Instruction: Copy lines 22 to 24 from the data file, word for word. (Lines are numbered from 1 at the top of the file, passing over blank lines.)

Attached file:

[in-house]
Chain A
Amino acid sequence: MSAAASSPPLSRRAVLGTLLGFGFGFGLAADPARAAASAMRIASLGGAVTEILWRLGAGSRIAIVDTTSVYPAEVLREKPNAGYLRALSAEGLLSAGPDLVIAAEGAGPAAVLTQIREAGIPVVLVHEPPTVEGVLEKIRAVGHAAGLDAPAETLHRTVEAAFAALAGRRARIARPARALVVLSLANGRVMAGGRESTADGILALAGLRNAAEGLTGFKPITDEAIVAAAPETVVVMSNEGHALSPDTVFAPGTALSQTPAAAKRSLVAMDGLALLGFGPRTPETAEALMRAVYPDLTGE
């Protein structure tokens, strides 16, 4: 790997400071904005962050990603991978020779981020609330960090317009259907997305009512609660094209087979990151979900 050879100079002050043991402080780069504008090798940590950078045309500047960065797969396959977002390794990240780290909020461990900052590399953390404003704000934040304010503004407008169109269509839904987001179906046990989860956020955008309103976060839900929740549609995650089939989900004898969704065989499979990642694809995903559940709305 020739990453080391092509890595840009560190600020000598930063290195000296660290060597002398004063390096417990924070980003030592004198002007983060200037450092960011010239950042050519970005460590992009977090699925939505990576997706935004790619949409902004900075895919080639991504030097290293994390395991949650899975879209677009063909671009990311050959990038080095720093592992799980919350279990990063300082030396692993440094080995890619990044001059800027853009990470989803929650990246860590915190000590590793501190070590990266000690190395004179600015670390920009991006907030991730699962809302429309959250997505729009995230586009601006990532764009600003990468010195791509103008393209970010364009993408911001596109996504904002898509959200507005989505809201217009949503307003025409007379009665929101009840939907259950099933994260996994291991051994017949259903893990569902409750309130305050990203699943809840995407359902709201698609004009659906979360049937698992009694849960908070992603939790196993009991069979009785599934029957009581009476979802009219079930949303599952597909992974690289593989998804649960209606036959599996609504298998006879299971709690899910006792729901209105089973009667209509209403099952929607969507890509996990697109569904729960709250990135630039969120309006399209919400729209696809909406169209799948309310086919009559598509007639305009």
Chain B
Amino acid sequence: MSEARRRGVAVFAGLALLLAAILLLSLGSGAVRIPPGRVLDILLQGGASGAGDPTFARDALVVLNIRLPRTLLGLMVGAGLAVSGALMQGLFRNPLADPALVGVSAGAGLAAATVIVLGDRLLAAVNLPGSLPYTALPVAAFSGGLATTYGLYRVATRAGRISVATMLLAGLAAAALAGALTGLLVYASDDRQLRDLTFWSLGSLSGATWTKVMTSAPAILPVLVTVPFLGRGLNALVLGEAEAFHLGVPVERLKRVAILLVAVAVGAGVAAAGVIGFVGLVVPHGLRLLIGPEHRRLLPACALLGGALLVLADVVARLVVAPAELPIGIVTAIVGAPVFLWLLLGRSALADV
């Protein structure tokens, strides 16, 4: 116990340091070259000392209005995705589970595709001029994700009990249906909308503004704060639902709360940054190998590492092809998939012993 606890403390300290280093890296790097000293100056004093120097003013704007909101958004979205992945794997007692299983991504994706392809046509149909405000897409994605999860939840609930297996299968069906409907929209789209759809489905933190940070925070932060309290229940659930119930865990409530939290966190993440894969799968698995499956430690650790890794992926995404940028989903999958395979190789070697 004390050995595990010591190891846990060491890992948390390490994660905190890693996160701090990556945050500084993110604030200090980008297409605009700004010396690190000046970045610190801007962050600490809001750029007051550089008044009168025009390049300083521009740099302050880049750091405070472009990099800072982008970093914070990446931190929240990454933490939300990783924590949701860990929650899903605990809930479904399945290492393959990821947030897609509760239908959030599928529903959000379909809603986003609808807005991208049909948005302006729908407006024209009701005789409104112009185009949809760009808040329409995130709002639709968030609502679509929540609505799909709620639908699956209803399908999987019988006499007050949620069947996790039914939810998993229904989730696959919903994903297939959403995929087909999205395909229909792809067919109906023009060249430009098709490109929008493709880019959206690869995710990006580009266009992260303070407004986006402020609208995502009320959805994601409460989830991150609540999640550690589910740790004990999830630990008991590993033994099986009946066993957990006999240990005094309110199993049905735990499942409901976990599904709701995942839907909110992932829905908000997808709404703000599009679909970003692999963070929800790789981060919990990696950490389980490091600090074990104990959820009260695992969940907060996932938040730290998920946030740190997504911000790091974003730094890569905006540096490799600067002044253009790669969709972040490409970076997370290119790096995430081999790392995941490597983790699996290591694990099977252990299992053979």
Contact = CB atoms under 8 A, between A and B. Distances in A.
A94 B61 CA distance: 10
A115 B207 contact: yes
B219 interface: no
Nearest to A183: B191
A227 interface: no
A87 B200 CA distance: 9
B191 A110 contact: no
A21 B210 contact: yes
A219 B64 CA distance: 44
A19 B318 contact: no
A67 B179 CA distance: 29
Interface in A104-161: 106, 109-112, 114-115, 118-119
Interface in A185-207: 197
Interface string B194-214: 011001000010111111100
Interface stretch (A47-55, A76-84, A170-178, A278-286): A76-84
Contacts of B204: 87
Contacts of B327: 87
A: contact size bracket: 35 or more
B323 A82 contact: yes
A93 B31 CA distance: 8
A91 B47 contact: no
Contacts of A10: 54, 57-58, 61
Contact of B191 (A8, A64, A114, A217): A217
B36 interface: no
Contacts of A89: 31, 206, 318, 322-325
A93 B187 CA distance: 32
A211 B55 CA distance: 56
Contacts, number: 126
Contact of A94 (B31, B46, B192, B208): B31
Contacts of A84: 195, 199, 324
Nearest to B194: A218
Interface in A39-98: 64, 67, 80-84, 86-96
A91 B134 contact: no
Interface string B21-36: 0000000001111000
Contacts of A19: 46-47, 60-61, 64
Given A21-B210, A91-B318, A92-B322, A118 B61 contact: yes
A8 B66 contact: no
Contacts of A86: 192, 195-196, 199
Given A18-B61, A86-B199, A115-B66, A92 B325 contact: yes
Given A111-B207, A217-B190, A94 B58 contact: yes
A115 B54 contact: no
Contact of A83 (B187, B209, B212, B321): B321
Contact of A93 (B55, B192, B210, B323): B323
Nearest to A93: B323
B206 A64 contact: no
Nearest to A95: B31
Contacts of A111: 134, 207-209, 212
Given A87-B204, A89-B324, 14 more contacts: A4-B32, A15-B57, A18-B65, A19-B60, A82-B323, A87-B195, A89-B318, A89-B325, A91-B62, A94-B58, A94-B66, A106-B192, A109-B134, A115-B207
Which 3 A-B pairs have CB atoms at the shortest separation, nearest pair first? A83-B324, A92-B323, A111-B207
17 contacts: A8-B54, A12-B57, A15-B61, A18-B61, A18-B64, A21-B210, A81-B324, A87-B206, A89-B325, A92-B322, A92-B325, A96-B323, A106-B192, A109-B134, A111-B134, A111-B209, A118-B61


Interface string B194-214: 011001000010111111100
Interface stretch (A47-55, A76-84, A170-178, A278-286): A76-84
Contacts of B204: 87